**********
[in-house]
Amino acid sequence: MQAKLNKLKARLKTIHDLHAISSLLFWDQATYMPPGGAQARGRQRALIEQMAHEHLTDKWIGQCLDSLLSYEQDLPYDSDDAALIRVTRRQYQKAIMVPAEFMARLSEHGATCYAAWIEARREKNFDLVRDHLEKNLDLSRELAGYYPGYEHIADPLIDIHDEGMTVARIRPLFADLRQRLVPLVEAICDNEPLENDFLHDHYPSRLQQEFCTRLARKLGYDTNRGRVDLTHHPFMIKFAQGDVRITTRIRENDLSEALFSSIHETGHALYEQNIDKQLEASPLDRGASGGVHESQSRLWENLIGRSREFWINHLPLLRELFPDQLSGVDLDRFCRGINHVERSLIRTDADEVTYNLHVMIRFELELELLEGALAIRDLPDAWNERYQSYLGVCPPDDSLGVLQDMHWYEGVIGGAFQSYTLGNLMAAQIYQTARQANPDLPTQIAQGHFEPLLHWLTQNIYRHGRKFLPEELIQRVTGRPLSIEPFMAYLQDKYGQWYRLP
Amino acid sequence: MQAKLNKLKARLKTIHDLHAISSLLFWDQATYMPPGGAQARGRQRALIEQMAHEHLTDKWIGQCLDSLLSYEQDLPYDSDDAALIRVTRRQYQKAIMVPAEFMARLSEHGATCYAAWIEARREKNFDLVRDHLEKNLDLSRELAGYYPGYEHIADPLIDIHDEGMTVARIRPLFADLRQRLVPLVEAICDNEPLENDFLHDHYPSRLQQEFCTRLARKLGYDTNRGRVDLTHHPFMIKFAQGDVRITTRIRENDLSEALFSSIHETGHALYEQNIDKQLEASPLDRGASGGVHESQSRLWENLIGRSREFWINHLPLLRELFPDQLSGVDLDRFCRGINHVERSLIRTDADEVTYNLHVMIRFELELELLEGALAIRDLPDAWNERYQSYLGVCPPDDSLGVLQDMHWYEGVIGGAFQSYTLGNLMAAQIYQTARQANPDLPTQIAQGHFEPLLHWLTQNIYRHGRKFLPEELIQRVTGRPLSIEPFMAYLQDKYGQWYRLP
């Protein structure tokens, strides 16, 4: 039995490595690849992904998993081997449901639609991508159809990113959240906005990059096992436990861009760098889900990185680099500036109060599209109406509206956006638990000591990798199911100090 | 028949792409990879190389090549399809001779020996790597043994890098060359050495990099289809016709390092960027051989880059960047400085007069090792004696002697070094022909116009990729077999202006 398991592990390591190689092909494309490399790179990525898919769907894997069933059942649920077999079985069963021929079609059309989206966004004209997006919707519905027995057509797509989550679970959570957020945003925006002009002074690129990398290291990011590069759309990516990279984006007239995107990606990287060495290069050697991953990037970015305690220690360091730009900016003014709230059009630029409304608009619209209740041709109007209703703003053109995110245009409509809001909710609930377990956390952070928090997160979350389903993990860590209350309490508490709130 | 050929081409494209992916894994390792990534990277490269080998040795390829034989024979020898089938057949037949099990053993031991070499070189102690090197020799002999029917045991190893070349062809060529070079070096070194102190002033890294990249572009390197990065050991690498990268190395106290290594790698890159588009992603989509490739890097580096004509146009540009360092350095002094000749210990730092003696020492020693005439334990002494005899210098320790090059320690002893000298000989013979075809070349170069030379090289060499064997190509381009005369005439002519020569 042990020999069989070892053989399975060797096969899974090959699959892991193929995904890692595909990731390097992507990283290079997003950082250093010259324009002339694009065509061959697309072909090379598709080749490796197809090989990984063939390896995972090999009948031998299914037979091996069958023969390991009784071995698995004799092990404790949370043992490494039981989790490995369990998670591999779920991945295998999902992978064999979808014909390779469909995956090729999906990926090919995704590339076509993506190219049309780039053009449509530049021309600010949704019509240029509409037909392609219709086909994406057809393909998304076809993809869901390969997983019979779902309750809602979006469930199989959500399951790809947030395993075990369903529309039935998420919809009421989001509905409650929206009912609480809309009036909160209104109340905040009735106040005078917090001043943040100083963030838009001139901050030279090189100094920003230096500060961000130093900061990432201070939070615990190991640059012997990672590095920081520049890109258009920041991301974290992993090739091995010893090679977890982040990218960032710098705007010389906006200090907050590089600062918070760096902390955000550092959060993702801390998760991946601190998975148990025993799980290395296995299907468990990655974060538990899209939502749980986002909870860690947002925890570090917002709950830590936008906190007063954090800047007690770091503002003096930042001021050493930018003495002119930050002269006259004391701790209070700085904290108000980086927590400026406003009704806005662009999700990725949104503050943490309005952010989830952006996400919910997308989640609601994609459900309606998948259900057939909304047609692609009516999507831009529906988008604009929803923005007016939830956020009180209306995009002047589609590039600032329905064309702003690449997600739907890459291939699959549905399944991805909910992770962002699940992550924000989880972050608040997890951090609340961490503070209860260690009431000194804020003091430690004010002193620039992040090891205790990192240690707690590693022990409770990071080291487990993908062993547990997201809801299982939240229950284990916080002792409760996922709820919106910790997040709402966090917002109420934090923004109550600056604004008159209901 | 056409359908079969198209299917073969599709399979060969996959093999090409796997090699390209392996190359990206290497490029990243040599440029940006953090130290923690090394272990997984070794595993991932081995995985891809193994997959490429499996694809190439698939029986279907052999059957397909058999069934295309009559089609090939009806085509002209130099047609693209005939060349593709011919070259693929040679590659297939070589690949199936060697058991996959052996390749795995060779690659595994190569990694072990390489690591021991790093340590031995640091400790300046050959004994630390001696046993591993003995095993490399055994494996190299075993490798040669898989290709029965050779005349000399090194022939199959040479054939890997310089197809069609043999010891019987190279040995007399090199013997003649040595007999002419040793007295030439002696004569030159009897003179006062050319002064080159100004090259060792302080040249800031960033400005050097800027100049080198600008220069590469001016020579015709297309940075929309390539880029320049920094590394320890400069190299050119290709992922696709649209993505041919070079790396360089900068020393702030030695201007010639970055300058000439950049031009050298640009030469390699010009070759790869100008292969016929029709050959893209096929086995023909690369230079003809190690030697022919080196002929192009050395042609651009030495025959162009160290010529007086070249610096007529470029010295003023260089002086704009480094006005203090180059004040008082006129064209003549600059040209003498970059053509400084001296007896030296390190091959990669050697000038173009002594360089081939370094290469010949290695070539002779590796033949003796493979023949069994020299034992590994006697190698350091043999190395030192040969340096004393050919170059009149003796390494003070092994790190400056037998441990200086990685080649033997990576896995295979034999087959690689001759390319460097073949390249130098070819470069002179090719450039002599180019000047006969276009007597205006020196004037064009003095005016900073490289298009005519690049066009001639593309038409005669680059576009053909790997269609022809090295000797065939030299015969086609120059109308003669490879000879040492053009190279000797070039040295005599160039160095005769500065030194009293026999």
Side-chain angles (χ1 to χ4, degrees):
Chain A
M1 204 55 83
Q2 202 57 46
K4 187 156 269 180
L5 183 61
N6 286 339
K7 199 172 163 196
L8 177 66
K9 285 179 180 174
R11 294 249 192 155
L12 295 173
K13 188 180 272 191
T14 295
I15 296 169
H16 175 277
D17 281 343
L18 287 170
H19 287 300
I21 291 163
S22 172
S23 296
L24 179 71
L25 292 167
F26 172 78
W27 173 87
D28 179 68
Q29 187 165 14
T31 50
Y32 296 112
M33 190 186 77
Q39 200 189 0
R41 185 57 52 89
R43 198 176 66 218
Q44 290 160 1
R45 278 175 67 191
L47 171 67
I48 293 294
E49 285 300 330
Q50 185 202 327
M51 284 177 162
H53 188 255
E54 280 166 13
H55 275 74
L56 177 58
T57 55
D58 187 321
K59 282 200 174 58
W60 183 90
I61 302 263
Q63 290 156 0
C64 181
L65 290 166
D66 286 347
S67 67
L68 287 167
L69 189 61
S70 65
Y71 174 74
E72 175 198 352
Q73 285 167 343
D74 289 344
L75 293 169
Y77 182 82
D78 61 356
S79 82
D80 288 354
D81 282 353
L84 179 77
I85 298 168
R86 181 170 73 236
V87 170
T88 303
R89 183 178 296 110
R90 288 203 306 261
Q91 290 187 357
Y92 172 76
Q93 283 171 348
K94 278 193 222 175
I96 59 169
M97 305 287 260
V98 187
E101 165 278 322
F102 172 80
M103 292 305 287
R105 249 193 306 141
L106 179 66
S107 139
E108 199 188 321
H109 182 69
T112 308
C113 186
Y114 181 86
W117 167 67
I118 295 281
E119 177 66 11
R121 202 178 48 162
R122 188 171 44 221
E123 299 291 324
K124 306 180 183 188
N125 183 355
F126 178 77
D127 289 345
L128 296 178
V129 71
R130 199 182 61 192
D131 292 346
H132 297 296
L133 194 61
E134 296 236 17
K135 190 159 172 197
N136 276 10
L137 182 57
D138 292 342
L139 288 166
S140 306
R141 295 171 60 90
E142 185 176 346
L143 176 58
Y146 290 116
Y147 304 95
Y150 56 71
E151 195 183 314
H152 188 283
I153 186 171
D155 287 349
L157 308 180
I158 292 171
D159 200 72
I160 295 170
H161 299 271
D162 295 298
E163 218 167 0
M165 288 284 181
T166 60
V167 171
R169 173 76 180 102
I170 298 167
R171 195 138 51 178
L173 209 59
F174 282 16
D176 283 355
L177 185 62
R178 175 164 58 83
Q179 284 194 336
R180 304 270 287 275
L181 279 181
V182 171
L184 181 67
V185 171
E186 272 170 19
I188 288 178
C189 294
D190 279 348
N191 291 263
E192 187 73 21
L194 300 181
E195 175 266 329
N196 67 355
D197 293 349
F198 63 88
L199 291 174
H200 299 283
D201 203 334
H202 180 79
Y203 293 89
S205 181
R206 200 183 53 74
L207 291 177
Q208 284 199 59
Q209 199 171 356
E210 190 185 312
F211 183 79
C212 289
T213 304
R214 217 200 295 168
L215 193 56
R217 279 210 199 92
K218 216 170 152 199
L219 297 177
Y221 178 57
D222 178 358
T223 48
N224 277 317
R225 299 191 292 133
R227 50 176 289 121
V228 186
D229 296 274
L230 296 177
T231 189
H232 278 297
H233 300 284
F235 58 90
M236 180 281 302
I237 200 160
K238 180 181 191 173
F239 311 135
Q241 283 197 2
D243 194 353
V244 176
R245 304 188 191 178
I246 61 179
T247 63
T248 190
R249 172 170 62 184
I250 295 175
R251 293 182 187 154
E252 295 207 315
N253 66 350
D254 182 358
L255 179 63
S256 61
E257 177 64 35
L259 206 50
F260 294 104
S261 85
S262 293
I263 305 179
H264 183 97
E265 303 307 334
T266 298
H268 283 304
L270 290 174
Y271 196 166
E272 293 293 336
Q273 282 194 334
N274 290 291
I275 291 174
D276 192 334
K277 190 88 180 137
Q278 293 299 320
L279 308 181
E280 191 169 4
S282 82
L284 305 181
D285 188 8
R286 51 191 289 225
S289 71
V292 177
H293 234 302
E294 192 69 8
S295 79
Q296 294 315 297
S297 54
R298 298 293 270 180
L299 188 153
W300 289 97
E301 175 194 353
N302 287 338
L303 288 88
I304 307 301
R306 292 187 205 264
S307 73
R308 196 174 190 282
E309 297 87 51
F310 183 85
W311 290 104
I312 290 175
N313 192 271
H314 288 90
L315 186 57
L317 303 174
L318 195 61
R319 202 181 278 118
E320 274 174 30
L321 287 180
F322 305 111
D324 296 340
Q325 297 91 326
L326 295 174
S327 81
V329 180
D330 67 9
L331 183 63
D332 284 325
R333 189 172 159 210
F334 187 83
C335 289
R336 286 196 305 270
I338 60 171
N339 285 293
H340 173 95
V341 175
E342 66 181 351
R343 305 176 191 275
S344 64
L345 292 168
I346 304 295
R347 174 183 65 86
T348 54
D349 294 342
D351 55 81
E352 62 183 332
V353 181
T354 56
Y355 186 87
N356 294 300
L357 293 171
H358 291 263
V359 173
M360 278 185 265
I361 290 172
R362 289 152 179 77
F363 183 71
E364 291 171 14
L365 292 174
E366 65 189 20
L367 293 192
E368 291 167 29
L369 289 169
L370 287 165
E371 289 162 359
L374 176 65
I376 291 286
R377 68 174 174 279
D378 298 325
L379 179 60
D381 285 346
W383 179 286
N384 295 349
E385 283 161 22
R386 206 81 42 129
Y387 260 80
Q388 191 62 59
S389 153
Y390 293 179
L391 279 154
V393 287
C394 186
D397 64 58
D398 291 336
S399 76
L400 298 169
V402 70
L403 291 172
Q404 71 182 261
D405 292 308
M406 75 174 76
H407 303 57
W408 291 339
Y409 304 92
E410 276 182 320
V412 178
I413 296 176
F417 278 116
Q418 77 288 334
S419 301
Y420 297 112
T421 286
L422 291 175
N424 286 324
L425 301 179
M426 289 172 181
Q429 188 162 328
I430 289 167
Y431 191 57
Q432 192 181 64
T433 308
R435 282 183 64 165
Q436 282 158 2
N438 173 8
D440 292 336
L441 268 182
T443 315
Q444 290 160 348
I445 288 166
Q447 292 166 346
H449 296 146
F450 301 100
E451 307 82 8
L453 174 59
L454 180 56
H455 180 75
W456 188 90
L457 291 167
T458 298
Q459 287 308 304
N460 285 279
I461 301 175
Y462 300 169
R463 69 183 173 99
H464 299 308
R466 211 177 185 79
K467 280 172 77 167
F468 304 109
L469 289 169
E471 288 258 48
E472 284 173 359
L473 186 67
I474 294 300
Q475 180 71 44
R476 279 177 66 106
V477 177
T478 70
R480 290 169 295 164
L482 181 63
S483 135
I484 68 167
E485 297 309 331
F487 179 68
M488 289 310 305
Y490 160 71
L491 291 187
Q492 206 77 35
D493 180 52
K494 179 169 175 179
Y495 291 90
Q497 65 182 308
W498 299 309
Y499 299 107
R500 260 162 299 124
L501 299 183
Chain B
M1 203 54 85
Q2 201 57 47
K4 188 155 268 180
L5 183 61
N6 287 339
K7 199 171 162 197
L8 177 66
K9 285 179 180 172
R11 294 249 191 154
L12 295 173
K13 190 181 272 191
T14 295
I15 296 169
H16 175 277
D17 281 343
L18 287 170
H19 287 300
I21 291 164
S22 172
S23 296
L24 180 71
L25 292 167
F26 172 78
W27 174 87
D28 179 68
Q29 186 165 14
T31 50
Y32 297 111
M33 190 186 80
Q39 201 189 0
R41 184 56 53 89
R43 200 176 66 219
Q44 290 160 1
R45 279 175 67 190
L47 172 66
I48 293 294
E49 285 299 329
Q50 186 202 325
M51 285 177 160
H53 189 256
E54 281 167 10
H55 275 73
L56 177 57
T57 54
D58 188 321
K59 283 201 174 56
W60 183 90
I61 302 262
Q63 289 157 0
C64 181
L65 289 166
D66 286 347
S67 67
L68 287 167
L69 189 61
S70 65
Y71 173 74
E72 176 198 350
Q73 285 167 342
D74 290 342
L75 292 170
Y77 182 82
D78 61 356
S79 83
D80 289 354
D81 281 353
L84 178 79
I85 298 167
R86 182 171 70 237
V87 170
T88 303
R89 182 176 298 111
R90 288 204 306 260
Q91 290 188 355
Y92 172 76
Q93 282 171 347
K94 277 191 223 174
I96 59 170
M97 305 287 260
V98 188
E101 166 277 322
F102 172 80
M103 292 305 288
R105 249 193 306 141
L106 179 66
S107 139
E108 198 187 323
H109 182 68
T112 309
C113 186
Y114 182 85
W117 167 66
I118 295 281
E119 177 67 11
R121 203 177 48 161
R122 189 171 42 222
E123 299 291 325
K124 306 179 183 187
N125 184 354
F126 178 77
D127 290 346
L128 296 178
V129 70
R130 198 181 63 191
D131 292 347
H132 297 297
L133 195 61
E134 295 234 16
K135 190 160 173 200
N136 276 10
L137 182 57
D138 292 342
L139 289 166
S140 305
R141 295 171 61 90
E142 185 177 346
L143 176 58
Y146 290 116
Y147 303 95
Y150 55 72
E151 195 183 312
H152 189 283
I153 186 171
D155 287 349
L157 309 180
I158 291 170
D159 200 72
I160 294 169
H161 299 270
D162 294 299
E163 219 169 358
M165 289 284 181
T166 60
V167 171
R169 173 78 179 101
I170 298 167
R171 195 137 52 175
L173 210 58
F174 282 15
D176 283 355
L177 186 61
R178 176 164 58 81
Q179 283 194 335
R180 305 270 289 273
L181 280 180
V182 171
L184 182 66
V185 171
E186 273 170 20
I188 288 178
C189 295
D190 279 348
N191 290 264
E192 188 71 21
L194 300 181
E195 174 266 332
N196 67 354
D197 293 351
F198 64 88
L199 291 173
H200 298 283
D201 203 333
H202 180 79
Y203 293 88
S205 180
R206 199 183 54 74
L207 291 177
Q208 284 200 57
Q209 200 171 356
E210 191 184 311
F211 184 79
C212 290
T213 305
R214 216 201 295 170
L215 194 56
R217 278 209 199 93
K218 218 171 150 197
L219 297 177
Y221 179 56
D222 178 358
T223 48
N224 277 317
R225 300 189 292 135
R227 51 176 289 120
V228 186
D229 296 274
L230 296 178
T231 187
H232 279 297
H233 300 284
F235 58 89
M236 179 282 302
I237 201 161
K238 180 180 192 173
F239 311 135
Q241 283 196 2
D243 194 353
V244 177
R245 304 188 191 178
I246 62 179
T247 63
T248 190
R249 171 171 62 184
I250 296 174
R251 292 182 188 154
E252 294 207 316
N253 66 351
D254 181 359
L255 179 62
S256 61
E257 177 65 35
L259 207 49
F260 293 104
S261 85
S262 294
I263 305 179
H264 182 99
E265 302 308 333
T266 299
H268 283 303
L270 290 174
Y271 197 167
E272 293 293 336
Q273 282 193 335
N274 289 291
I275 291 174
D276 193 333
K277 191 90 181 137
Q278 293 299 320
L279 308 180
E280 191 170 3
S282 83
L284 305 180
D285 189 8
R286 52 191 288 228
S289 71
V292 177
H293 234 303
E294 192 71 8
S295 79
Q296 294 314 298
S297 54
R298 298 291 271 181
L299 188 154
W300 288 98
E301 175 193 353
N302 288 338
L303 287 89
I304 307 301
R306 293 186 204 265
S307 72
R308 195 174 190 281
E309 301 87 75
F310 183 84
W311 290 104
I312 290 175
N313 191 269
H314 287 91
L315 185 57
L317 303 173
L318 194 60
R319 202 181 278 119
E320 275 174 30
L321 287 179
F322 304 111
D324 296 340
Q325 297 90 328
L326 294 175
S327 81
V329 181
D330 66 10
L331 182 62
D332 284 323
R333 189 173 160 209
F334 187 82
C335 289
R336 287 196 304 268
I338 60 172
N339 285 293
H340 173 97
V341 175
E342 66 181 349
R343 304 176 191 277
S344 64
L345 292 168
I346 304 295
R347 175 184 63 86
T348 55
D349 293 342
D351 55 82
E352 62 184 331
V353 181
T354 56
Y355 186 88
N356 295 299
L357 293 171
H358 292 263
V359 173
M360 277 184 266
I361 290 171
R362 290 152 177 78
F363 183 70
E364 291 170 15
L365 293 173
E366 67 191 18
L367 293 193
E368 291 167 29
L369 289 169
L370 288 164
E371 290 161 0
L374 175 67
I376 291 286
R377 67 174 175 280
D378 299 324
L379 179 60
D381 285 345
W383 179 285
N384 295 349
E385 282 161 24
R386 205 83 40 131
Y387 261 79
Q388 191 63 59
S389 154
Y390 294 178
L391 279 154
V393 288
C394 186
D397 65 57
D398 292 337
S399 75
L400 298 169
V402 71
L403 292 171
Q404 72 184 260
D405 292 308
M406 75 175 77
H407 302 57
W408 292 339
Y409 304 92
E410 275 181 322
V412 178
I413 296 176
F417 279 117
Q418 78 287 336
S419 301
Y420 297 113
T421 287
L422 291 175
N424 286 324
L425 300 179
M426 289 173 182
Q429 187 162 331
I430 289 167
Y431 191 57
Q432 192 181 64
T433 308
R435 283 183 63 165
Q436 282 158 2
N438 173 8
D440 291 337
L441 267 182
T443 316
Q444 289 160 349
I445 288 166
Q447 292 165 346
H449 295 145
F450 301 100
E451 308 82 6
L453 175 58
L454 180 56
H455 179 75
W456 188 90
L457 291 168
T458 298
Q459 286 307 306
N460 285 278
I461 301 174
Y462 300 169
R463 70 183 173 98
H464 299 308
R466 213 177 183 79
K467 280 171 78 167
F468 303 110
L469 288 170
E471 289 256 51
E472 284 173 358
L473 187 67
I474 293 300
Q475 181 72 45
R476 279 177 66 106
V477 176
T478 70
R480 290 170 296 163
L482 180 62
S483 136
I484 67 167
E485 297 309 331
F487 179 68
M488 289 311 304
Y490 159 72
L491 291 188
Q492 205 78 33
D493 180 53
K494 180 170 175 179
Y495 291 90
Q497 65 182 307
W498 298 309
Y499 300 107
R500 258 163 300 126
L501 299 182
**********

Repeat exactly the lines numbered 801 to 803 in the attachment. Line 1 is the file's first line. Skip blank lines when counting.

L469 288 170
E471 289 256 51
E472 284 173 358